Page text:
cd myapp
mkdir media

Within the media-directory you now can place the directory that serves as your new base dojo namespace. Our recommendation is to name the namespace and the directory like your django application (in this case: myapp):

cd mysite/myapp/media
mkdir myapp

You also need to enable django to deliver the static files with your development webserver. For that you create a myapp/ and add the media path to it:

import os

from django.conf.urls.defaults import patterns
from django.conf import settings

urlpatterns = []

if settings.DEBUG:
    # serving the media files for myapp / dojo (js/css/...)
    urlpatterns += patterns('',
        (r'^media/(?P<path>.*)$', 'django.views.static.serve',
            {'document_root': os.path.join(os.path.dirname(__file__), "media"),
             'show_indexes': True}),

and include the app specific in your project’s, so all media-files are available below the url /myapp/media:

urlpatterns = patterns('',
    (r'^myapp/', include('dojango.urls')),

And also myapp must be enabled within your django project in (as with dojango):


Defining a Dojo Namespace with Dojango

We propose a basic structure for your new namespace. You should create a file called myapp.js, where you can set all modules that should be loaded if your namespace is required and a file called _base.js that contains simple functions that you want to call directly below your namespace: something like myapp.showInfo(). This proposal was adapted from the dijit namespace:

`-- media
    `-- myapp
        |-- _base.js
        `-- myapp.js

And here is the content of our myapp.js. As stated above we need two paths to our module, an absolute and a relative path. We’ve added an extra function called dojango.setModulePath, that is accepting an absolute and a relative path, so dojo source switching is working properly within dojango (Note: the function dojango.setModulePath will soon just need an absolute path, because we can calculate the relative path. But that change will be backwards compatible, so you don’t have to worry about it now!):

// myapp.js
// defining the package name

// register the path for the namespace myapp
// we need to pass a absolute and a relative url
// - a remote xd-build will use the absolute url and
// - a dojo version that is served locally is using the relative one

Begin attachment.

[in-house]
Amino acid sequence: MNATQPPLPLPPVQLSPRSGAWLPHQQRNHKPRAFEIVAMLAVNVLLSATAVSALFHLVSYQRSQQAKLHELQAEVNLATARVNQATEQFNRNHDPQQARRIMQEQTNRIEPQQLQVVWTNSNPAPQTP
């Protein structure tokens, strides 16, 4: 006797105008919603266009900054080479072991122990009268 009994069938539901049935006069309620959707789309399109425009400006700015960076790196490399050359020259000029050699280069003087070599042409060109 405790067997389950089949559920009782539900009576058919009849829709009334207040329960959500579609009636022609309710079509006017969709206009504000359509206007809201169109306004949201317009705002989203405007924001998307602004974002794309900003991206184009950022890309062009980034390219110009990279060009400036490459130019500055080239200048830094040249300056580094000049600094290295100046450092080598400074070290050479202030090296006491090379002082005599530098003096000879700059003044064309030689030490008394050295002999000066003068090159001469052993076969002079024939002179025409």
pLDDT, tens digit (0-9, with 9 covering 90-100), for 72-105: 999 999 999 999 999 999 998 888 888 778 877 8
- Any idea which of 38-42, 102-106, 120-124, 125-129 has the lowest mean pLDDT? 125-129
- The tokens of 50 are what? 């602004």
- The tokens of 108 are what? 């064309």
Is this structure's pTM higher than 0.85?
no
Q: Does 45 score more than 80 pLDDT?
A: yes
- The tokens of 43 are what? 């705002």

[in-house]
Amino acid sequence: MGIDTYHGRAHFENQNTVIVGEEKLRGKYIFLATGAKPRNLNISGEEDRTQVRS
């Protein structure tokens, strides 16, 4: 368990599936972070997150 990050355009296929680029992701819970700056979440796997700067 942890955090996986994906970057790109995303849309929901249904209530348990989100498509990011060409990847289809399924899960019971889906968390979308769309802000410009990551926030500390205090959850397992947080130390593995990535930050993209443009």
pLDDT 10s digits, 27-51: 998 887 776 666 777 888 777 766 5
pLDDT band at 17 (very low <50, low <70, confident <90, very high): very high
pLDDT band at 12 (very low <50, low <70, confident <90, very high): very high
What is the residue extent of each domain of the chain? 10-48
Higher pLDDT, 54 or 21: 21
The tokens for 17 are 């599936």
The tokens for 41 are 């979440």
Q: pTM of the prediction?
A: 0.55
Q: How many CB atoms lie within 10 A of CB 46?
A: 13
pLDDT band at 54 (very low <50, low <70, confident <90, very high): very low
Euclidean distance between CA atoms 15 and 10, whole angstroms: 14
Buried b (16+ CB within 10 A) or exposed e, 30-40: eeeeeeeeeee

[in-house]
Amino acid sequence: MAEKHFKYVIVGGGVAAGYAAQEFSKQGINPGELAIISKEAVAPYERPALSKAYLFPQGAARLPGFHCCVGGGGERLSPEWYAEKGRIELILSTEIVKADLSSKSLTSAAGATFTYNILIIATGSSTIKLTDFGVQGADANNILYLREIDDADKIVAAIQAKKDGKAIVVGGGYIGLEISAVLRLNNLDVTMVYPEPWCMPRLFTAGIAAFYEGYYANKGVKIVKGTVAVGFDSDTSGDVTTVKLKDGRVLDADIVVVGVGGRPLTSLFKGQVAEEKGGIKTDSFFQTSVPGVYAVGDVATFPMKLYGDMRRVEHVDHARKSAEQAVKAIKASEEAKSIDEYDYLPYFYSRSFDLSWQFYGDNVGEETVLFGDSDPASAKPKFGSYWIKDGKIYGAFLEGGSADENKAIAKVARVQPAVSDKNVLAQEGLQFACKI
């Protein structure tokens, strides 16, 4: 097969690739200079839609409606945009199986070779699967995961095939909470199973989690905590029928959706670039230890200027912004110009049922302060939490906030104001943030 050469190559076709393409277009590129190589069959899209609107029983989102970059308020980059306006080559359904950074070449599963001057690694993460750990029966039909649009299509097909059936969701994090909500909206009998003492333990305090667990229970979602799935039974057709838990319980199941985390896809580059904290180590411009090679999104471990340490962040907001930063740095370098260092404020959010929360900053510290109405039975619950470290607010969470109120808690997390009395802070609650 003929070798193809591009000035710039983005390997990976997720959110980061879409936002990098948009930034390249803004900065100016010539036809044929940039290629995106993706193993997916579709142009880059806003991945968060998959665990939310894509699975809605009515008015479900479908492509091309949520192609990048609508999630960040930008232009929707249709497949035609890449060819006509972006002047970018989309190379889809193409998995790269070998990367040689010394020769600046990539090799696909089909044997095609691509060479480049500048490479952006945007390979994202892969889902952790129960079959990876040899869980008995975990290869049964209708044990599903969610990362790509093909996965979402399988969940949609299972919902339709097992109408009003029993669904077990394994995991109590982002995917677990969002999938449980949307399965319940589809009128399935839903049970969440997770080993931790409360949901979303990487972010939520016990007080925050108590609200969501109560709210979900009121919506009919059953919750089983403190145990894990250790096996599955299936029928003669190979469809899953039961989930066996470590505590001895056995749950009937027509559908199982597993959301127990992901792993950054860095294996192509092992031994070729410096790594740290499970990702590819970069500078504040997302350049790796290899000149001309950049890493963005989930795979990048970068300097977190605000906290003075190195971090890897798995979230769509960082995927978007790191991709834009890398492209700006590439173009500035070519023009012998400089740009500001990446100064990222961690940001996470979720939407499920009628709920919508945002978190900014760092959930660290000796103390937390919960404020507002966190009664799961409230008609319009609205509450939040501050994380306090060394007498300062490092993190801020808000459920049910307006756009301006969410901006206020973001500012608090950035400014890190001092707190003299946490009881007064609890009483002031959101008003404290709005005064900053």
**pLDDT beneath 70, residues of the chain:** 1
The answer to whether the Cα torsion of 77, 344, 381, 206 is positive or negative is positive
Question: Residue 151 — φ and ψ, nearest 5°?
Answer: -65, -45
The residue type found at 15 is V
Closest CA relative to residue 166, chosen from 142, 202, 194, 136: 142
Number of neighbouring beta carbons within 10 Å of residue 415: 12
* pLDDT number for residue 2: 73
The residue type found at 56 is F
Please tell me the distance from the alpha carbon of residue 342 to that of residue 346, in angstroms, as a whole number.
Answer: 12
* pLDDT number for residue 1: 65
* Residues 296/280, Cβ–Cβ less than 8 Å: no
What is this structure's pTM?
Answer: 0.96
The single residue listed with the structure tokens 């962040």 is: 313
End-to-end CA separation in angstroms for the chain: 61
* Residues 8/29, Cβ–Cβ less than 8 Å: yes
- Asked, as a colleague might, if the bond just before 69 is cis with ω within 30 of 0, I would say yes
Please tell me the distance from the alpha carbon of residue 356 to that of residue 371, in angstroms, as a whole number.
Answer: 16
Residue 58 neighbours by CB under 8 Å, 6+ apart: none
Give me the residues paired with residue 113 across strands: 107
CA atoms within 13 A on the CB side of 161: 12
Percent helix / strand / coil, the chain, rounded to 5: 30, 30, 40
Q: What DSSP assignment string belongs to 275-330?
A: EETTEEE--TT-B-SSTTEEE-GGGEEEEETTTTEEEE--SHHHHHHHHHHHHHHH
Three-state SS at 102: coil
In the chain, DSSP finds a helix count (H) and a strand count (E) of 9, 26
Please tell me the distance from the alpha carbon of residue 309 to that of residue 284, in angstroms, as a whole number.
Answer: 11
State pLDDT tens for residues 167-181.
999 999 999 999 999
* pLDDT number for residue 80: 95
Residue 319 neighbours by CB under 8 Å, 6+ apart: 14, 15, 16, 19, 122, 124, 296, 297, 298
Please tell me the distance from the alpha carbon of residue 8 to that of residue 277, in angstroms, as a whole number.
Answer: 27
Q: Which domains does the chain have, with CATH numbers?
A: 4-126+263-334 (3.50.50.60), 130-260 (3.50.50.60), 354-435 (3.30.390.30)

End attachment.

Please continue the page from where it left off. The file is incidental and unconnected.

"../../../../../myapp" // relative to /dojango/media/dojo/version/dojo/dojo.js
// we always include our base-functions
// if required, add more require-statements here ...

And as told above we use the _base.js for placing our main functions, that we use throughout in our app, of our namespace:

// defining the package name

dojo.mixin(myapp, {
    // showing a modal dialog window
    showDialog: function(title, content){
        var foo = new dijit.Dialog({title: title});


Using your Dojo Namespace within a Django View

Now it is time to see everything in action. For a usage example we create a new url, a view and a template.

First mapping the url within myapp/

#urlpatterns = []
urlpatterns = patterns('myapp',
    (r'^example/$', 'views.example'),

Then adding a new view to myapp/

# Create your views here.
from django.shortcuts import render_to_response
from django.template import loader, Context, RequestContext

def example(request):
    return render_to_response("myapp/example.html", context_instance=RequestContext(request))

Lastly we create the template-directory:

mkdir myapp/templates/myapp

And place our template myapp/templates/myapp/example.html there:

{% extends "dojango/base.html" %}

{% block dojango_header_extra %}
<script type="text/javascript" src="/myapp/media/myapp/myapp.js"></script>
{% endblock %}

{% block dojango_content %}
   value="Show dialog"
   onclick="myapp.showDialog('Awesome', 'It is working');"
{% endblock %}

Start you django server via python runserver and test the example view here:


Yes. That really was a long blog article! But I hope, that this info will help you to build a nice ajaxified reusable application for django that is using dojo (and of coure dojango :-)).